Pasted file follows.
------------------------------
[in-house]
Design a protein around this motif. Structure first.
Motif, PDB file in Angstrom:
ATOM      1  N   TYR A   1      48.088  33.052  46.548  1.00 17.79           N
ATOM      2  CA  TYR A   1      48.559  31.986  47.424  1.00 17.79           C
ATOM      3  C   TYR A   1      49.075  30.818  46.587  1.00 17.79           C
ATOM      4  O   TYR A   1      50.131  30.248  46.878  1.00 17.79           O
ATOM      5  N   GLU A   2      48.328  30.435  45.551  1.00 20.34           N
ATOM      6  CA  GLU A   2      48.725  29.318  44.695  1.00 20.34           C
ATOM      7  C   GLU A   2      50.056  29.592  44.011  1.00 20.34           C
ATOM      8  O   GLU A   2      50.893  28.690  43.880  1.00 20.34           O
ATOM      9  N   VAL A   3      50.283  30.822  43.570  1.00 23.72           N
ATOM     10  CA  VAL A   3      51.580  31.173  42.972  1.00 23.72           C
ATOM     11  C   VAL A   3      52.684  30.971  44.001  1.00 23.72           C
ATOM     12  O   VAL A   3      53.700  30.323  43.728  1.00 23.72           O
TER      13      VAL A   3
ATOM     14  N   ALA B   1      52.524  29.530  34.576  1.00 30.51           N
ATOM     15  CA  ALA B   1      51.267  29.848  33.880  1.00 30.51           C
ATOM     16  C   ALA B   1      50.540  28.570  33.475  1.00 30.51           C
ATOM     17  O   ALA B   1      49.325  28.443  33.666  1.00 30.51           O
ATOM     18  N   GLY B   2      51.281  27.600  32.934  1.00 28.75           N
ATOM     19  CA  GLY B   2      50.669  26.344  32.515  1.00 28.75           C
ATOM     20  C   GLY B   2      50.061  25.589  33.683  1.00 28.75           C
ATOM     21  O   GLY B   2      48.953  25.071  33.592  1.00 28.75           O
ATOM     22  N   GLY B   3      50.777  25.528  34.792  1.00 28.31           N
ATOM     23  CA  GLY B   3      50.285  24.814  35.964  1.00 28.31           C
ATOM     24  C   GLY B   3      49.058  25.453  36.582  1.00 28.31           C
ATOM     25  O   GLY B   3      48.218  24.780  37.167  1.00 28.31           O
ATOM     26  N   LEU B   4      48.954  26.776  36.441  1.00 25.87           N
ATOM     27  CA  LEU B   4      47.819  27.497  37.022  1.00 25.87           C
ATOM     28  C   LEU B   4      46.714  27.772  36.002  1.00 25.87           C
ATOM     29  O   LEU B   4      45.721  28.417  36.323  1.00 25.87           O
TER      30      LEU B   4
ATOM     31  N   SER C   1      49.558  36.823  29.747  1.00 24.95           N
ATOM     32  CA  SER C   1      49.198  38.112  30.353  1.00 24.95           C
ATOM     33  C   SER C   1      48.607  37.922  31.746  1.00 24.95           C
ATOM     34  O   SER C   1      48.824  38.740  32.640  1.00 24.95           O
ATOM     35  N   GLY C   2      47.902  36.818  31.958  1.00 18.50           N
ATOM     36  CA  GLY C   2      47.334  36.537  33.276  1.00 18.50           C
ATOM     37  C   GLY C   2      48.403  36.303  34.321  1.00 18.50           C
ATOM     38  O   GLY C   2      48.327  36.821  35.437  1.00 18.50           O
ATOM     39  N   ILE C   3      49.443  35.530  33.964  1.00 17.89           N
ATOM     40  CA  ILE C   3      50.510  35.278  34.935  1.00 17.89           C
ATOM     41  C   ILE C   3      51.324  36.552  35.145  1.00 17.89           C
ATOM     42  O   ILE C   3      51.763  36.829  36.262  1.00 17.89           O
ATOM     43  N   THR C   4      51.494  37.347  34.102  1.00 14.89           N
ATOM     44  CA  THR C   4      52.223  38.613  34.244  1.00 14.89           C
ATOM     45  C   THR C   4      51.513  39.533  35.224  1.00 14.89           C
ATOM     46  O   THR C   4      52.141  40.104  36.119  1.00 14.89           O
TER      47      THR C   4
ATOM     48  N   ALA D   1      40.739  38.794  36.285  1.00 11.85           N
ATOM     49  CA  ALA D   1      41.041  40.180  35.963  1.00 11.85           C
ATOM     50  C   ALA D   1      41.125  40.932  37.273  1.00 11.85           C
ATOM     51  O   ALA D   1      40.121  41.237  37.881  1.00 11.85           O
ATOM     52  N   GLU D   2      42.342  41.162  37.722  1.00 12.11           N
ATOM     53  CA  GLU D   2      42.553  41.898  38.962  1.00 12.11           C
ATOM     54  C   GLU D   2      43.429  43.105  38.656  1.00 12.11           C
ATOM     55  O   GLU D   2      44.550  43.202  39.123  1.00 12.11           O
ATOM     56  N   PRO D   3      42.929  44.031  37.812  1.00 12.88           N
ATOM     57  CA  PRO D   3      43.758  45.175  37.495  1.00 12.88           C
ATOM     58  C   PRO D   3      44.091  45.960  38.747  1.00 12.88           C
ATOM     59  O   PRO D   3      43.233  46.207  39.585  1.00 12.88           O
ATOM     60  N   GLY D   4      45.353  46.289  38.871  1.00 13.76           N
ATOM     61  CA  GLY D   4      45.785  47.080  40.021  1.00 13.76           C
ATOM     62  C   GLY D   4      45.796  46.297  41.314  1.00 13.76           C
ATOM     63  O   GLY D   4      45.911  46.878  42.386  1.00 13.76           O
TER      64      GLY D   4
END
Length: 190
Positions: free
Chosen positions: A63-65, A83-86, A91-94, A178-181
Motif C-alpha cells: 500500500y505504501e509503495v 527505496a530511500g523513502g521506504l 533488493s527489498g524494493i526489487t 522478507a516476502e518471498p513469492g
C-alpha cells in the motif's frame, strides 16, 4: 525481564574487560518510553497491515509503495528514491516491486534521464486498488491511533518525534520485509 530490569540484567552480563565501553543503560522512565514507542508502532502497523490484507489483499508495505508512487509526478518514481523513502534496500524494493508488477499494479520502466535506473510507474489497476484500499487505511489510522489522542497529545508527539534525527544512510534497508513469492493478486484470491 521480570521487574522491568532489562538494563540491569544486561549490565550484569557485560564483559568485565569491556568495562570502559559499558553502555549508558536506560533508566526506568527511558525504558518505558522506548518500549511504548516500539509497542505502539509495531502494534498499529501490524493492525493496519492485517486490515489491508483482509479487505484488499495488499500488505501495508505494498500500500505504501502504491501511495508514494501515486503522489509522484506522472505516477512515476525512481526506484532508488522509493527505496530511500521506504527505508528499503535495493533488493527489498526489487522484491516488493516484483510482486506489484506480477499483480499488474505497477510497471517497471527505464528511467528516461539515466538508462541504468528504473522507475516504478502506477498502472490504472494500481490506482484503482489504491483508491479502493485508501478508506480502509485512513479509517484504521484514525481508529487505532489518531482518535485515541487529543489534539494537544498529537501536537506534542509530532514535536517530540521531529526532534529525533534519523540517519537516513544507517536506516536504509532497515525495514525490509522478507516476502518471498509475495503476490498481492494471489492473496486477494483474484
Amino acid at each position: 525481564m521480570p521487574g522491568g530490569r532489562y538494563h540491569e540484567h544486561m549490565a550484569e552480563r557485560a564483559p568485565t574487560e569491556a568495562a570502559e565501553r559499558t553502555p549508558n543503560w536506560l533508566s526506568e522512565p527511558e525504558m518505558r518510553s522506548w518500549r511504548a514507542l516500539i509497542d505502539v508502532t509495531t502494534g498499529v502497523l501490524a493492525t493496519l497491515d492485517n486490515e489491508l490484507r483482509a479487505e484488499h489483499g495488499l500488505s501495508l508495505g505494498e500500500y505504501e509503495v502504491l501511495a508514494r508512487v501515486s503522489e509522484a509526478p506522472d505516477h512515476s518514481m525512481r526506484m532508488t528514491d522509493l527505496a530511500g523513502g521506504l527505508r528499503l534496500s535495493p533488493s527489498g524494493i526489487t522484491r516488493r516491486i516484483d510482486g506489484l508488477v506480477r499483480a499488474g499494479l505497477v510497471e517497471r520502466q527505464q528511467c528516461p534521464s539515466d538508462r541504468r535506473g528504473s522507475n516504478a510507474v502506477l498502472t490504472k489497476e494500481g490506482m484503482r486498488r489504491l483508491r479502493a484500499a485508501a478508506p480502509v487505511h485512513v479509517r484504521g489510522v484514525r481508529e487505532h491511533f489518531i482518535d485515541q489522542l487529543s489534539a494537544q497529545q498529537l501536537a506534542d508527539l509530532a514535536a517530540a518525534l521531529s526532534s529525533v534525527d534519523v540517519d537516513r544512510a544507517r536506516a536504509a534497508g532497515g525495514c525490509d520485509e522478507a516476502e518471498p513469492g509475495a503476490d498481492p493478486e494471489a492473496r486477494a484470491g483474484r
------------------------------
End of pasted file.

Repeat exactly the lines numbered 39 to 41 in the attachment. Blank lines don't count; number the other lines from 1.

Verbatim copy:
ATOM     36  CA  GLY C   2      47.334  36.537  33.276  1.00 18.50           C
ATOM     37  C   GLY C   2      48.403  36.303  34.321  1.00 18.50           C
ATOM     38  O   GLY C   2      48.327  36.821  35.437  1.00 18.50           O